Pakistan and Jordan urged not to resume executions

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Zeid Ra’ad al-Hussein. UN Photo/Jean-Marc Ferré

Pakistan and Jordan have been urged by the UN human rights chief to re-impose a moratorium on the death penalty.

Jordan imposed the moratorium in 2006 and Pakistan did the same thing in 2008.

UN High Commissioner for Human Rights, Zeid Ra'ad Al Hussein on Monday expressed deep regret at the recent lifting of the moratorium on the death penalty in the two countries.

Mr Al Hussein stressed that no judiciary, anywhere, can be infallible and that "no justice system, no matter how robust, can guarantee against wrongful convictions."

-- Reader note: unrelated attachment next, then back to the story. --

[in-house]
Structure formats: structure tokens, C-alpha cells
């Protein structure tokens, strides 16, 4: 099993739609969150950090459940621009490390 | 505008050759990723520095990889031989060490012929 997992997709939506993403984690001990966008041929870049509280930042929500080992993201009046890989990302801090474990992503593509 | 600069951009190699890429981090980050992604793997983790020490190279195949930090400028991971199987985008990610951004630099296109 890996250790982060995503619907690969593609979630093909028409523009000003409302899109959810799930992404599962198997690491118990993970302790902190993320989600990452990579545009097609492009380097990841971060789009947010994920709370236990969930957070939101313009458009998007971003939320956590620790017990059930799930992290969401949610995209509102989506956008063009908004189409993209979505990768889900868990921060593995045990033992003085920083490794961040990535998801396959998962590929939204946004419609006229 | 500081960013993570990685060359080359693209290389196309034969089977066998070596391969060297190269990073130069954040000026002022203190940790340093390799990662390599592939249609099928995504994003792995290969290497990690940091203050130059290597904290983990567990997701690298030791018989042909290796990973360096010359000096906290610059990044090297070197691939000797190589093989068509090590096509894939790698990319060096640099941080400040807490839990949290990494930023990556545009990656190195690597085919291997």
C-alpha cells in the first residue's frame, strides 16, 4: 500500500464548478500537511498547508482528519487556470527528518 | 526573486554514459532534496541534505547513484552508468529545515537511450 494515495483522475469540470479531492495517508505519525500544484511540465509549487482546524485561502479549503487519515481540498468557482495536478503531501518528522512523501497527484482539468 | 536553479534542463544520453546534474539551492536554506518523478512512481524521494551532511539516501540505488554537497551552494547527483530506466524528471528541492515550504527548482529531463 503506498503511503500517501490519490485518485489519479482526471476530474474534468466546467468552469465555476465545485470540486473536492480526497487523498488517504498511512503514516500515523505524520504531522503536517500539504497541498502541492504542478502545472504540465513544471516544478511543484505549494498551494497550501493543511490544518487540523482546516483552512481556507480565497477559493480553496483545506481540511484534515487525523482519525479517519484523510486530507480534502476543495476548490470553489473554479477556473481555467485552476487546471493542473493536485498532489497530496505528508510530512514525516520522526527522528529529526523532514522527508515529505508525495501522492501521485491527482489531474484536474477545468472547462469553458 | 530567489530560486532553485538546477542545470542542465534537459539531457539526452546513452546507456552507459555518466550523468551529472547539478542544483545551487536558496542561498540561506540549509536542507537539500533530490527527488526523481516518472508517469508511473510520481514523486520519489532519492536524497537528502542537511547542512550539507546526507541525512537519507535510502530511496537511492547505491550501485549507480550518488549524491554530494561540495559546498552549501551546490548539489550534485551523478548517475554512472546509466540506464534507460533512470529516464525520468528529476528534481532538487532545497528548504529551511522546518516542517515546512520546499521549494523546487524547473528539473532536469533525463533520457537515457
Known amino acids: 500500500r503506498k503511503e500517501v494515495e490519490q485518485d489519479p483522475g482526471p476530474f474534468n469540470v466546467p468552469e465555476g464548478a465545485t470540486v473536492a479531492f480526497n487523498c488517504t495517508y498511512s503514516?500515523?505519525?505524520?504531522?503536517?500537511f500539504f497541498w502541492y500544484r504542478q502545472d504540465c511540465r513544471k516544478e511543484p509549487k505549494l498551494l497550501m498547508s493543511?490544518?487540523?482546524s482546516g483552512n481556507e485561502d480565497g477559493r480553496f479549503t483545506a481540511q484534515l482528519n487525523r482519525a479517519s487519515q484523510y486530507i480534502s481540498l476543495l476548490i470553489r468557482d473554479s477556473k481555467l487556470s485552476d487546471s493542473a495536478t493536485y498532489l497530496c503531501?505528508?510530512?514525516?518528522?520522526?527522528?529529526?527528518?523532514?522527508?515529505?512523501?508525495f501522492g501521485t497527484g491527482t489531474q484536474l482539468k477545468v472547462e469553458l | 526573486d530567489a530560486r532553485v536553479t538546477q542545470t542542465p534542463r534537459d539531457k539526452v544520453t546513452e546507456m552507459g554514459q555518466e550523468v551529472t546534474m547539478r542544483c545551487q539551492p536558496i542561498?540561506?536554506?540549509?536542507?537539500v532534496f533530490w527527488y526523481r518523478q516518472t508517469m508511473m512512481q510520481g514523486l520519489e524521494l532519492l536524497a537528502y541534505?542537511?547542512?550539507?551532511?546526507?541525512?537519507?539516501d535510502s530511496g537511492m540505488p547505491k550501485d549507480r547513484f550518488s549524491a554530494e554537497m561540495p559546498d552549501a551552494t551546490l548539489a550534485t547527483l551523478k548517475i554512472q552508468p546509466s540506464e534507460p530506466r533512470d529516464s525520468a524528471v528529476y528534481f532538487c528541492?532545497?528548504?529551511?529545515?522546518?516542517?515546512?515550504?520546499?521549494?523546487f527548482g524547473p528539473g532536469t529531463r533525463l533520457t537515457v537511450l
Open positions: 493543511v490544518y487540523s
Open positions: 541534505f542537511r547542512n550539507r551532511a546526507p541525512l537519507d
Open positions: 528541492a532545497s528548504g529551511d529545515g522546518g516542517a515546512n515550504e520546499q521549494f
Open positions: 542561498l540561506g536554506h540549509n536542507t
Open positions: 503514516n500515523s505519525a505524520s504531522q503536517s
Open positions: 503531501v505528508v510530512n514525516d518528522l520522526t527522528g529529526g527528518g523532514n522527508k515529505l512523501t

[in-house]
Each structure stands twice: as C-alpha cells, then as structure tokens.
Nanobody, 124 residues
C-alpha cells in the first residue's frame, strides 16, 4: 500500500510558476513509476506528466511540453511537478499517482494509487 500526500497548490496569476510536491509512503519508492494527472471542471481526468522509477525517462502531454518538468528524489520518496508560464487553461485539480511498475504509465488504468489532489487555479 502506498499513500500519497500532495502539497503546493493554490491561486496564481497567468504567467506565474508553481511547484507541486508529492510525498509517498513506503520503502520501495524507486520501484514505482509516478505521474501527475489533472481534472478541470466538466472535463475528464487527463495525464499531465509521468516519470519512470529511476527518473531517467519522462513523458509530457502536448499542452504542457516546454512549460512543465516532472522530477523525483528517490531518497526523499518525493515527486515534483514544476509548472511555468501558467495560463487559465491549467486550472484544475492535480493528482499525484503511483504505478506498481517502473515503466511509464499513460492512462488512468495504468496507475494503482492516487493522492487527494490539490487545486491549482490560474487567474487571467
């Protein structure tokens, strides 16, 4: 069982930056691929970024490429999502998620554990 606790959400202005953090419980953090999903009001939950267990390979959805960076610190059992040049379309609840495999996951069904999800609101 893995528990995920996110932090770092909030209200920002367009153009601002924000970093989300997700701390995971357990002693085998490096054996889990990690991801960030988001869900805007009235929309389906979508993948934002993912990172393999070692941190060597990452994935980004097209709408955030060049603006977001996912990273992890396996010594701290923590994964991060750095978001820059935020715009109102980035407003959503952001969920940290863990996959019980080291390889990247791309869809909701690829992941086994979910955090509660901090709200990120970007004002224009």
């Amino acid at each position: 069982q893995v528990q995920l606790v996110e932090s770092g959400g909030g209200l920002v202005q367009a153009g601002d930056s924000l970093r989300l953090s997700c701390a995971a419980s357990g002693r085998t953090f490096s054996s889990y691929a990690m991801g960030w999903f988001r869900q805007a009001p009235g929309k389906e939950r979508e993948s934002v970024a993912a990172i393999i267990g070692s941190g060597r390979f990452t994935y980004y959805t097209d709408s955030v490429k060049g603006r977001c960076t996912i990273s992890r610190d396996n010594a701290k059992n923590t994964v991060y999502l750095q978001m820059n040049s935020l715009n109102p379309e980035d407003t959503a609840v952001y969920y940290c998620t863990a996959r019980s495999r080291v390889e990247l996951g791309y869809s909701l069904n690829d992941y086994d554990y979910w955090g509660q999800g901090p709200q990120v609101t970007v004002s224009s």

He said that historically, crime rate is not lowered by the imposition of capital punishment but there have been executions of people who are subsequently proven innocent, including in well-functioning legal systems.

Mr. Al Hussein said it "is particularly disappointing" that Pakistan and Jordan have resumed executions given that just last week, a record of 117 States in the UN General Assembly voted in favour of an international moratorium on the use of the death penalty.

He noted that globally, around 160 States have either abolished the death penalty or do not practice it and the number has been steadily growing in recent years.

Stephanie Castro, United Nations

Duration: 1’20″

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